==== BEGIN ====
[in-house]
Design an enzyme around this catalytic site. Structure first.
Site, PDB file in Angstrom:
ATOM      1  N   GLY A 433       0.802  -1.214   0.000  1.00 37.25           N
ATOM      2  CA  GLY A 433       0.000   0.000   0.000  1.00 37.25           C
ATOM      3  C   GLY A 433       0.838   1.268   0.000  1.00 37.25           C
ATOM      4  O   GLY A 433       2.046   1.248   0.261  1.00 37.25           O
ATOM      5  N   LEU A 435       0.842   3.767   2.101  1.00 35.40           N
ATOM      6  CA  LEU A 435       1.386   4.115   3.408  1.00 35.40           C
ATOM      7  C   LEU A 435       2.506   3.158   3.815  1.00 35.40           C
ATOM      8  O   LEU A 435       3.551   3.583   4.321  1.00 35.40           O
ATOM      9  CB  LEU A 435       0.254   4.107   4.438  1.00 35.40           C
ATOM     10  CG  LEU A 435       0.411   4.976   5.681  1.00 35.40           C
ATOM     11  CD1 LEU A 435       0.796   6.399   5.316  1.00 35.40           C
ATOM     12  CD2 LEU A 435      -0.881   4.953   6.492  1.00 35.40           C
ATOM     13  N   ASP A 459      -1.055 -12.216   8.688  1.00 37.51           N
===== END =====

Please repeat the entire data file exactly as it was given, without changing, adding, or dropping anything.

[in-house]
Design an enzyme around this catalytic site. Structure first.
Site, PDB file in Angstrom:
ATOM      1  N   GLY A 433       0.802  -1.214   0.000  1.00 37.25           N
ATOM      2  CA  GLY A 433       0.000   0.000   0.000  1.00 37.25           C
ATOM      3  C   GLY A 433       0.838   1.268   0.000  1.00 37.25           C
ATOM      4  O   GLY A 433       2.046   1.248   0.261  1.00 37.25           O
ATOM      5  N   LEU A 435       0.842   3.767   2.101  1.00 35.40           N
ATOM      6  CA  LEU A 435       1.386   4.115   3.408  1.00 35.40           C
ATOM      7  C   LEU A 435       2.506   3.158   3.815  1.00 35.40           C
ATOM      8  O   LEU A 435       3.551   3.583   4.321  1.00 35.40           O
ATOM      9  CB  LEU A 435       0.254   4.107   4.438  1.00 35.40           C
ATOM     10  CG  LEU A 435       0.411   4.976   5.681  1.00 35.40           C
ATOM     11  CD1 LEU A 435       0.796   6.399   5.316  1.00 35.40           C
ATOM     12  CD2 LEU A 435      -0.881   4.953   6.492  1.00 35.40           C
ATOM     13  N   ASP A 459      -1.055 -12.216   8.688  1.00 37.51           N